5 Reasons Children Should Study Nature
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Growing up, I used to explore the woods and fields around our house. I spent long hours observing and wondering. Often, my dad would take the time to explore with me or answer questions I had. I didn’t realize it, but we were doing nature studies.
In school, science was my favorite subject. I loved the observing, questioning, and finding the answers. To me, it was just like my accidental nature studies.
Nature studies are still my favorite way to study and teach science. Studying science in this way has so many benefits. Here are 5 reasons children should study nature.
Why Nature Studies?
1. Nature study teaches children to appreciate nature and the world around them. Have you ever seen a young child stop everything, squat down, and stare in wide-eyed wonder at a caterpillar on the sidewalk? They are captivated and in love with what they see. In that moment, they start to appreciate nature.
As they continue to explore the natural world and interact in it, they realize they are part of it. Their love and respect for nature grows. When this child grows up, he or she is more likely to continue their appreciation and show concern for nature and the world around them.
2. Nature study encourages investigation, a crucial concept of scientific study. Have you or your children ever picked up a large rock or log to see what was living underneath it? Have you ever looked at bugs under a magnifying glass?
Nature gives the opportunity for wonder, exploration, and investigation. Scientific study is based on these activities. The more children are exposed to nature and encouraged to explore and wonder, the more likely they are to actively investigate. These are skills needed for advanced scientific study. When they are learned in a natural way, like through nature studies, they are more easily recalled and applied.
3. Nature study is easy science. Studying nature requires no special equipment or books. Sure, you can use a magnifying glass or a field guide to enhance your study or go deeper, but it is not necessary. Just get outside and observe!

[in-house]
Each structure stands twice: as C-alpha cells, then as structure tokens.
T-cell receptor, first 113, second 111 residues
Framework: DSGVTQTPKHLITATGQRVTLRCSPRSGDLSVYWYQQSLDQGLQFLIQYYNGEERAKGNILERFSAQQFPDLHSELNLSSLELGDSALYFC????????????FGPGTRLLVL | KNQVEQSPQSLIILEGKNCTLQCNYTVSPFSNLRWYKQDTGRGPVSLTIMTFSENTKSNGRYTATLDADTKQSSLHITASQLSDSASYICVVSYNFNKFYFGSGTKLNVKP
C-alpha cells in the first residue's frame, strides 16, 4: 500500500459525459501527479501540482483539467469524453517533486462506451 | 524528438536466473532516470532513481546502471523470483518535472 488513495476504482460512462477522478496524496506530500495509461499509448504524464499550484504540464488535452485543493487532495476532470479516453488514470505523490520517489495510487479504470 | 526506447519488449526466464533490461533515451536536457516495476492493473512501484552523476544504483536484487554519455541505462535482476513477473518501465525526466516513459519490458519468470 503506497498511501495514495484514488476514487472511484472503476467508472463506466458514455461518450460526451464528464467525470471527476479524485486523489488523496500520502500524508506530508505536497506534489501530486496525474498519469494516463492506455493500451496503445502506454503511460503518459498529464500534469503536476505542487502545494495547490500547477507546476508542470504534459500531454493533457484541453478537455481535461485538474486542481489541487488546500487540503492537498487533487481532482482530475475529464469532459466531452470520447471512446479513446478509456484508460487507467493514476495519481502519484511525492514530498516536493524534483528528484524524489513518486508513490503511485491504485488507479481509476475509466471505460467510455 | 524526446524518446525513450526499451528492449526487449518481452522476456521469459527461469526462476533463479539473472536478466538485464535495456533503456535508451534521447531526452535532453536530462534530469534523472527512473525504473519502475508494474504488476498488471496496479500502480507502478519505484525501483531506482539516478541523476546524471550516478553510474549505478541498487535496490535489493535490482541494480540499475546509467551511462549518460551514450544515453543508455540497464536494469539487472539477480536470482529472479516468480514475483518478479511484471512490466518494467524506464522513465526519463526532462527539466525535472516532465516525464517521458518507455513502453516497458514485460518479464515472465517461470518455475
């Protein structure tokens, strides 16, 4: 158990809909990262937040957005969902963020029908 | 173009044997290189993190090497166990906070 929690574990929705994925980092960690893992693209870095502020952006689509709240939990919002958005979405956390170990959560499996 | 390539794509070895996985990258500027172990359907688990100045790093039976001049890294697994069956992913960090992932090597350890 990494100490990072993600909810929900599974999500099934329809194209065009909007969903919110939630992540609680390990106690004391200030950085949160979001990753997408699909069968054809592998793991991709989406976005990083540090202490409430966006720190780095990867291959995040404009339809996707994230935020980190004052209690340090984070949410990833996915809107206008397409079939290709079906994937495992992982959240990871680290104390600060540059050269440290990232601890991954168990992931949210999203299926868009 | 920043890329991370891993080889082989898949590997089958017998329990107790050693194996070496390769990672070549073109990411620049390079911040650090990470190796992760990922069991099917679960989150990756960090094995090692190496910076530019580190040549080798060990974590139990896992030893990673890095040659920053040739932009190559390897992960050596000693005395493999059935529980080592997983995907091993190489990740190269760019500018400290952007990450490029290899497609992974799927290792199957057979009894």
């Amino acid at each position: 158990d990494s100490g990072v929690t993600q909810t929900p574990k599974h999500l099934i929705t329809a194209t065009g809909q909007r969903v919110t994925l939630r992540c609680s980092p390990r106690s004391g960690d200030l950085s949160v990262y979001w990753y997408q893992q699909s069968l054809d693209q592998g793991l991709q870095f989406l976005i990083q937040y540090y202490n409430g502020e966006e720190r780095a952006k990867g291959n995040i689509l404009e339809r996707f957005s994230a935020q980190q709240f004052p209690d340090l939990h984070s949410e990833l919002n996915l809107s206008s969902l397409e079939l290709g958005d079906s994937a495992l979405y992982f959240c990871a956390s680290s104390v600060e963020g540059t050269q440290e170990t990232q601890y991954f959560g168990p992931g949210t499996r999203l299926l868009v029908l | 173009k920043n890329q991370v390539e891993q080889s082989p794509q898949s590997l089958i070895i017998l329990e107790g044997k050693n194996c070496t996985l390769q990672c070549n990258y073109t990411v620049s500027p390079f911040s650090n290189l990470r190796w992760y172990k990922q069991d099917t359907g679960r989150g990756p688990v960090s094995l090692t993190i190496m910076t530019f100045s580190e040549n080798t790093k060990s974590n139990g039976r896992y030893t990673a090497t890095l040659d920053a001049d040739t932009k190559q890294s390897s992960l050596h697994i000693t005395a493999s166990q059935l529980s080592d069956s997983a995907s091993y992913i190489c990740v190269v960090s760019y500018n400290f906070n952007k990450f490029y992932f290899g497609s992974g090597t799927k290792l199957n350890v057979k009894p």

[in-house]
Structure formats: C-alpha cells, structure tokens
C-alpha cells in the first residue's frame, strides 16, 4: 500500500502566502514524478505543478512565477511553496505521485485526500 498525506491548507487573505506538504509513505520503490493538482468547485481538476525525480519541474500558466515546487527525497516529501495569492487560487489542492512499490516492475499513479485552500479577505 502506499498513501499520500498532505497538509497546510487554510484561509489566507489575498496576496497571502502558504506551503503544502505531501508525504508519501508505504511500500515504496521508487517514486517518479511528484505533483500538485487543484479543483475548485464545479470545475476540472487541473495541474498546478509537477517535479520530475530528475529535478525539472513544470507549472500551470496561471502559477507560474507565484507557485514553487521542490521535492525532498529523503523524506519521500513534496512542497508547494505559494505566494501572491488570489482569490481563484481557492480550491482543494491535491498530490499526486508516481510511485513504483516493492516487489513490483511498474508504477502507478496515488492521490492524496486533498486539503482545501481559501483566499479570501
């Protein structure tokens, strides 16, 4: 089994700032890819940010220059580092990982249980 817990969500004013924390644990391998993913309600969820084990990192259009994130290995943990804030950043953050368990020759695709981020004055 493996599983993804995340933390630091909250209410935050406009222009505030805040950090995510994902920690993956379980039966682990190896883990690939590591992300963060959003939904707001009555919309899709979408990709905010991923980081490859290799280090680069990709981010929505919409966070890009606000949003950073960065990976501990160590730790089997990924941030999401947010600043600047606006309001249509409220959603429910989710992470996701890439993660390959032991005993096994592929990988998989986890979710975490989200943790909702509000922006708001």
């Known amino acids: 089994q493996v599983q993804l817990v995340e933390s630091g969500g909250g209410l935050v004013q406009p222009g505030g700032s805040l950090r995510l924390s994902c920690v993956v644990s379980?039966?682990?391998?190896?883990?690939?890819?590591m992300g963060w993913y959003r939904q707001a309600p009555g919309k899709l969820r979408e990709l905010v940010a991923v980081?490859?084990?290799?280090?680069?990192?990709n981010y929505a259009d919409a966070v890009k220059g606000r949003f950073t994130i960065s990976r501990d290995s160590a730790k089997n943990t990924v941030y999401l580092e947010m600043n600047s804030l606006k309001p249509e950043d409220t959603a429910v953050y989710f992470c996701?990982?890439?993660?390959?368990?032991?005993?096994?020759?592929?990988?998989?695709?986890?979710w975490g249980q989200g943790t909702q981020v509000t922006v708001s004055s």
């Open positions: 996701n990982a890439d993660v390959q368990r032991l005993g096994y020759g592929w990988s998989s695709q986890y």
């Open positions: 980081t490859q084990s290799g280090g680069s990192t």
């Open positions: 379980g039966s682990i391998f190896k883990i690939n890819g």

Take a walk in your backyard. What do you see? Observe different plants, insects, and animals. What is the weather like? What do the clouds look like? You don’t need anything special for these activities or to answer these questions.
4. Nature study gets kids outside! My kids need to get outside where there is fresh air and no walls daily just to burn off energy. From talking with other moms, most kids are this way.
It’s hard for kids to sit and concentrate on school, or anything else for that matter, when they are bouncing in their seat ready to explode from the powder keg on energy they seem to be holding within. Getting kids outside gives them space to run and play to use up their physical energy and a space to explore to use their mental energy.
Spending time outside makes healthy kids, too. In this world of video games and scheduled, structured activities, kids don’t get outside they way they used to. The result is obese, unhealthy kids. The more time they spend outside, the healthier they are.
Nature studies are great excuses to get kids away from those video games and electronic devices and outside into nature. They are a great way to blend the physical and the mental.
5. Nature study gives children a base of knowledge on which to base other science studies. As children study nature, their observations cover many scientific disciplines. Take studying birds for example.
You might spend an afternoon watching a bird build a nest. As you watch, you notice the appearance of the bird and the shape of its beak. This gives you clues to what the bird eats.
As you watch the bird bring back building material to its nesting site, you wonder why it chose this spot and wonder why it chose those materials. Think about the habitat and the weather.
Watching the bird fly, you might wonder about its feathers, its flight patterns, and the aerodynamics involved.
When children have this kind of base knowledge and questions already in their minds, studying related scientific disciplines becomes exciting and an extension of their nature studies.
More Nature Study Ideas
I wrote a chapter in The Big Book Of Homeschool Ideas all about nature studies. I included tips, ideas, and resources. Get my nature study information, plus information on over 100 other topics from 55 other homeschool moms.
Don’t miss The Big Book of Homeschooling Ideas author blog tour!
Yesterday on the tour, Janine from True Aim Education shared her passion for character development and free character printables. She is also giving away a character ebook set.
Tomorrow, Jennifer from Forever, For Always, No Matter What, author of the chapters Homeschooling in a Large Family and Homeschooling through a Move, will be blogging about why she chose those topics and giving away a couple Florida learning resources.